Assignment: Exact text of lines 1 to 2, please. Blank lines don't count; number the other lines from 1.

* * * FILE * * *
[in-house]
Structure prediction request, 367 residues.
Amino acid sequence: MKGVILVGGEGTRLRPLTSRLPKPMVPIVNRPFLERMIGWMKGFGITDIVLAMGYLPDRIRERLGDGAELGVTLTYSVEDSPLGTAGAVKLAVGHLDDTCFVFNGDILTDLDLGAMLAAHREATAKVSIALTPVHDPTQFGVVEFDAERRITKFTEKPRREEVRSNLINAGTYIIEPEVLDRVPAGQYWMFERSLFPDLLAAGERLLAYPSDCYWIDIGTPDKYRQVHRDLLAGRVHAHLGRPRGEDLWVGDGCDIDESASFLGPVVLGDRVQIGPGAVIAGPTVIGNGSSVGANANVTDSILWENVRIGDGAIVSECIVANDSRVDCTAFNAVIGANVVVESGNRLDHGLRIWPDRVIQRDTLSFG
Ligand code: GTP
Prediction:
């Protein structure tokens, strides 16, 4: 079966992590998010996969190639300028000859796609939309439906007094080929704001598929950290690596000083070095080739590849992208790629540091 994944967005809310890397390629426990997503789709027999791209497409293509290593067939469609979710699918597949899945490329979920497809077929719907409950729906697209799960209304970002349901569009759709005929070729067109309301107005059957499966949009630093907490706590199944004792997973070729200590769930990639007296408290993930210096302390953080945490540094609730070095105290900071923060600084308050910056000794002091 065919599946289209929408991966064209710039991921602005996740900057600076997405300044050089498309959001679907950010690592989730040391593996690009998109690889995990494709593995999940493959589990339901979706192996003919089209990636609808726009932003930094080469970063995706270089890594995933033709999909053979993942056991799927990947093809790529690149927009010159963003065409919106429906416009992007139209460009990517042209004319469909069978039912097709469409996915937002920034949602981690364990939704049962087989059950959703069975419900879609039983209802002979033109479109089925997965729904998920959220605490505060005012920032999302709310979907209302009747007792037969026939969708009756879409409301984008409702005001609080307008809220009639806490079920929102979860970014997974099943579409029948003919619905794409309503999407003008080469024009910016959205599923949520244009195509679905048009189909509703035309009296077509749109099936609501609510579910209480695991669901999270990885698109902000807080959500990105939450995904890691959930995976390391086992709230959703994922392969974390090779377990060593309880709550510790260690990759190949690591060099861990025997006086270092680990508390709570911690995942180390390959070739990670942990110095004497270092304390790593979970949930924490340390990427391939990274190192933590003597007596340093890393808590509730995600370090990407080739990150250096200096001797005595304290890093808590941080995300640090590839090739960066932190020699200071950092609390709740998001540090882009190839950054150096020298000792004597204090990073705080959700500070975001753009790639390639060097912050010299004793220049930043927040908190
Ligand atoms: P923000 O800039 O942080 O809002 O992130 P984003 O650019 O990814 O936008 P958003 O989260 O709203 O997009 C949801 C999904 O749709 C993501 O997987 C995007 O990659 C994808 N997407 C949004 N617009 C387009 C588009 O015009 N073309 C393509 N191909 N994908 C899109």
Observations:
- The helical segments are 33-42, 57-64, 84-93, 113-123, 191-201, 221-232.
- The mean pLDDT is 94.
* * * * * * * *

[in-house]
Structure prediction request, 367 residues.